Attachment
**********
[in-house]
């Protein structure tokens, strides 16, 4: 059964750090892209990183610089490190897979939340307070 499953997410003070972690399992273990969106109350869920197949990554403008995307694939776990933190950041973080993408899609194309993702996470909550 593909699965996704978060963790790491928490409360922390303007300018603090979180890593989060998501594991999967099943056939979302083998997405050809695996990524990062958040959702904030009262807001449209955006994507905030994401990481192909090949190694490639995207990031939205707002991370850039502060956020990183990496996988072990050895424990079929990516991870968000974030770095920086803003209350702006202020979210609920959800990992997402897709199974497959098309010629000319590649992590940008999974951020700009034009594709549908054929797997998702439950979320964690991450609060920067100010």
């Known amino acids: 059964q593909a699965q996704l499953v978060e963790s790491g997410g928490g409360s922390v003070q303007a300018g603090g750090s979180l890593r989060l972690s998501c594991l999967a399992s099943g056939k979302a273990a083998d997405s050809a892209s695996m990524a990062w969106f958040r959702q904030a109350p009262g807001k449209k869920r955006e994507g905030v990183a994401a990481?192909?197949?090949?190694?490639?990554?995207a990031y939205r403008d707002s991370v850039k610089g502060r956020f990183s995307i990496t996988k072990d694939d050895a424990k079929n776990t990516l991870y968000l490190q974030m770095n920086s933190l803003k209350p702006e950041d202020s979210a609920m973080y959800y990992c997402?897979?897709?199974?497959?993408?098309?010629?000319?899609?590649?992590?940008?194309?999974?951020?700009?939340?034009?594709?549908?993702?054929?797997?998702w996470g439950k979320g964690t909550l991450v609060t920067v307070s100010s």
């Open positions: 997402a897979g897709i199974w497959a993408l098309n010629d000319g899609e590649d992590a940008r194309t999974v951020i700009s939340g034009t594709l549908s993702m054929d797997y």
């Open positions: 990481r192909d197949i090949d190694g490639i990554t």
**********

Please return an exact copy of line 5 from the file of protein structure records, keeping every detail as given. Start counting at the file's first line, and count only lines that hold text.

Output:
């Open positions: 990481r192909d197949i090949d190694g490639i990554t």